Authorities believe Mr. Gendron traveled more than 200 miles from his home in Conklin, N.Y., in the state’s Southern Tier, to commit his attack, choosing the East Side of Buffalo because of its large number of Black residents.
In a lengthy rant that Mr. Gendron, who is white, is believed to have written and posted online in the days before the attack, he expressed admiration for other gunmen in racist attacks and repeated references to a white supremacist ideology known as replacement theory, which imagines a sinister scheme to “replace” white Americans with immigrants or people of color.
Mr. Gendron’s postings on Discord also indicate that he was able to sidestep a New York state statute — known as a “red flag” law — designed to bar people believed to be dangerous from possessing firearms. In 2021, Mr. Gendron had been picked up by the state police and taken for a mental health evaluation at a hospital after indicating on a school project that he wanted to commit a “murder-suicide.”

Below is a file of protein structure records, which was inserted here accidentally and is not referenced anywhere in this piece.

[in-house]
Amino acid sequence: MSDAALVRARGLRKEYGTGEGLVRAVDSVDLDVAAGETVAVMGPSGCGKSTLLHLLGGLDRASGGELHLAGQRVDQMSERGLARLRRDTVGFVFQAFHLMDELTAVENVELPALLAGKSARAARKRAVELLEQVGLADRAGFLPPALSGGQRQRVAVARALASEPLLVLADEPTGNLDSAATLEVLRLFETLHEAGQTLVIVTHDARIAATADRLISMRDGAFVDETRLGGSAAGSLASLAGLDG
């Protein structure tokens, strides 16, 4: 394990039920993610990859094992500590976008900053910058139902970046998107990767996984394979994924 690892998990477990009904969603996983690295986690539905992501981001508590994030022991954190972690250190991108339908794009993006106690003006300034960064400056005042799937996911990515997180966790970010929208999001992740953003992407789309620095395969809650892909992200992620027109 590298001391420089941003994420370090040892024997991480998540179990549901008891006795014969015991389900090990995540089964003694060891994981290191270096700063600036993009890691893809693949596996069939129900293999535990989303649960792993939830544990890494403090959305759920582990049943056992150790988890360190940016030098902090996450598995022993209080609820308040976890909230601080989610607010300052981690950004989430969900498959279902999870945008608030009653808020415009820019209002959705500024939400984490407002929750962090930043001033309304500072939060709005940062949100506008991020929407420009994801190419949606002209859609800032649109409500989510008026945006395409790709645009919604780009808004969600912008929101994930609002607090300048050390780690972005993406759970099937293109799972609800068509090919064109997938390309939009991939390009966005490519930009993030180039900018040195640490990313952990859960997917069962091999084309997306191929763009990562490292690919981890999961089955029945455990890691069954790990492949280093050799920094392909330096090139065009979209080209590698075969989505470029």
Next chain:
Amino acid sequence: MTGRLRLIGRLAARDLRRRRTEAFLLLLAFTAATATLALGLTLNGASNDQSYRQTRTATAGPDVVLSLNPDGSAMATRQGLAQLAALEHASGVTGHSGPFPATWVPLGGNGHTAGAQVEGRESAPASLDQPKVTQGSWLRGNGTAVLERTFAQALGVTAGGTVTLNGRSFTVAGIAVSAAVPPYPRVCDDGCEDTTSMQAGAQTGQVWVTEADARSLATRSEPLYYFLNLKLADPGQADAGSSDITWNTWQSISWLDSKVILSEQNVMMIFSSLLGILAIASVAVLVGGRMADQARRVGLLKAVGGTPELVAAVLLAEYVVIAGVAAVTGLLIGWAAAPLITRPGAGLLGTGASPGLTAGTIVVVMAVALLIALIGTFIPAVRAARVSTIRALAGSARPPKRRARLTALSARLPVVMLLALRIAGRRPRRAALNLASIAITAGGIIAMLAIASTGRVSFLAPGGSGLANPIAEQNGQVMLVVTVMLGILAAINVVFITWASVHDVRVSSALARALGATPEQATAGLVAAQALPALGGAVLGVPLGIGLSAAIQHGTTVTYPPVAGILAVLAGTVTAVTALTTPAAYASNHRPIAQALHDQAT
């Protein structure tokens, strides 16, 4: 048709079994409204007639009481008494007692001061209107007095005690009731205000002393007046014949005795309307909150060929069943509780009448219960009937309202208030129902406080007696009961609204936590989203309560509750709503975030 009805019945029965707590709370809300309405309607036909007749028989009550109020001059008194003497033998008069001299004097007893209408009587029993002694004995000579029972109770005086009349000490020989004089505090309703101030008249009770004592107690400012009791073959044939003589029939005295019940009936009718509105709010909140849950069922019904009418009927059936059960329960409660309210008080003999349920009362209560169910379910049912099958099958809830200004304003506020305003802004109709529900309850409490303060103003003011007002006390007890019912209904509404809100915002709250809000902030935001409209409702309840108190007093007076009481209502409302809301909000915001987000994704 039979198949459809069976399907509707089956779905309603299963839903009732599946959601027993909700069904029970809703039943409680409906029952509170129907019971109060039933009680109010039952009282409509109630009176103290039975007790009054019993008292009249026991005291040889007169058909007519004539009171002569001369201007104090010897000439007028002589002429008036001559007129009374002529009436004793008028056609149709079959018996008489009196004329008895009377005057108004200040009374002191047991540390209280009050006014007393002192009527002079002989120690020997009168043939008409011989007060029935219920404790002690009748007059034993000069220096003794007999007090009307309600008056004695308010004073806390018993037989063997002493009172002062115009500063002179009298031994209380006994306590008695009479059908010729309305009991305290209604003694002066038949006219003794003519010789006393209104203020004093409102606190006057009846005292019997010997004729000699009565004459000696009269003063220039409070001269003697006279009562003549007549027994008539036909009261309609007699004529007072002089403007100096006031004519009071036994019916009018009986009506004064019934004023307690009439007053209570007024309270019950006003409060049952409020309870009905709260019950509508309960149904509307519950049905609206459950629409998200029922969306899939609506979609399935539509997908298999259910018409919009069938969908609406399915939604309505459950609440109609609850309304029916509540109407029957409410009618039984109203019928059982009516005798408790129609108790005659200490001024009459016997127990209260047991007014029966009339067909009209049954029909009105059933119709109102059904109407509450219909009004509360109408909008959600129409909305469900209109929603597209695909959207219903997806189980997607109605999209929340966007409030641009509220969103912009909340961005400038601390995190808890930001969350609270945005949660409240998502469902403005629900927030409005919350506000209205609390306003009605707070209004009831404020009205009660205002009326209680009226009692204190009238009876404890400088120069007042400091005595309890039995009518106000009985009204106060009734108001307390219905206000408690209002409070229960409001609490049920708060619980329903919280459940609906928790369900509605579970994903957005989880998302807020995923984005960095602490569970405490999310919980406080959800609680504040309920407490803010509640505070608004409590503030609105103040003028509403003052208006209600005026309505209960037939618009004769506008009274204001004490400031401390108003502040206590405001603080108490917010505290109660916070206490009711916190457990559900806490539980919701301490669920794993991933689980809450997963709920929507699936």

He was released, however, after telling officials he was only joking, something he said was a lie in a Discord posting.
“It was not a joke,” he wrote on Discord. “I wrote that down because that’s what I was planning to do.”
Since the Buffalo shooting, and the horror in Uvalde, lawmakers in Albany have moved to propose a series of new measures to tighten the state’s already tough gun laws, including raising the age to 21 for ownership of a semiautomatic rifle. Those bills are expected to pass the Democrat-dominated Legislature this week.
Gov. Kathy Hochul, a Democrat, had already announced a pair of executive orders related to the Buffalo attack, including one that required the State Police to seek red-flag orders from judges “whenever they have probable cause” that someone may be a danger to themselves or others. Ms. Hochul also ordered the police “to track domestic violent extremism through social media,” like the channels Mr. Gendron is believed to have used.
Susan C. Beachy contributed research.